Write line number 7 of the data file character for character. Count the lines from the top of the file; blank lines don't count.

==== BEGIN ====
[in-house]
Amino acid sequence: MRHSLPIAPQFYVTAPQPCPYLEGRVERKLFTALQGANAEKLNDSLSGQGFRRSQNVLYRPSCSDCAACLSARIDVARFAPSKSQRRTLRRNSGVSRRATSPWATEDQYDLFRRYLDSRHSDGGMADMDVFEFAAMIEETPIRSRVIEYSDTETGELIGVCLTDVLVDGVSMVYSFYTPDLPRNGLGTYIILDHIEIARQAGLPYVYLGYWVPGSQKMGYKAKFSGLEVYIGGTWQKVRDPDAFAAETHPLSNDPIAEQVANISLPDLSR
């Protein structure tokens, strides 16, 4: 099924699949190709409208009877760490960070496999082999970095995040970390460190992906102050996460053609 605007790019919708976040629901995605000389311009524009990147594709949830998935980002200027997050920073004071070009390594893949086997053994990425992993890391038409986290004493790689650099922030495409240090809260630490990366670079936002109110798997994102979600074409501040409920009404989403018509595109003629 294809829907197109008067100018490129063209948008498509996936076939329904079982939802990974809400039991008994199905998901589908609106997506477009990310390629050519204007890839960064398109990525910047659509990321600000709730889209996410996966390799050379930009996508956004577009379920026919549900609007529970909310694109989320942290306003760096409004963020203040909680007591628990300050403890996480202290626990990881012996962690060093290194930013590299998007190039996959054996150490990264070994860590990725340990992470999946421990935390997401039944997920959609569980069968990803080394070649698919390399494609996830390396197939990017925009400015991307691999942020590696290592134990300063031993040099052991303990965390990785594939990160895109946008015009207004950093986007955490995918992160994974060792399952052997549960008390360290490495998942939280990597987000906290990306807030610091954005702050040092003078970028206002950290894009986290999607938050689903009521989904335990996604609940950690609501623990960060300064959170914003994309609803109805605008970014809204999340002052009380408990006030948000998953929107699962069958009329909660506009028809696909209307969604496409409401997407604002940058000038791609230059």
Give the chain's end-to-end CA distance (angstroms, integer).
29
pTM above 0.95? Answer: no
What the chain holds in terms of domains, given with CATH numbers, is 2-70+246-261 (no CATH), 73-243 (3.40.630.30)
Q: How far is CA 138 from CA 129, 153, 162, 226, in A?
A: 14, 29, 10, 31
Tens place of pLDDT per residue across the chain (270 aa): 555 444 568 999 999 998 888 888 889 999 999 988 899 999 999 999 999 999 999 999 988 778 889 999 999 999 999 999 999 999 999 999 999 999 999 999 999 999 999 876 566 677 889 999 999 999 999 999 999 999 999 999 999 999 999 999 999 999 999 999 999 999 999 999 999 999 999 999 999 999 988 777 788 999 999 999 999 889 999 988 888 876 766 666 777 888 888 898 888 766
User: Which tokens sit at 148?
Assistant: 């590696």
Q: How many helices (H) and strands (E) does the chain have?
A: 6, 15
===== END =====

What the chain holds in terms of domains, given with CATH numbers, is 2-70+246-261 (no CATH), 73-243 (3.40.630.30)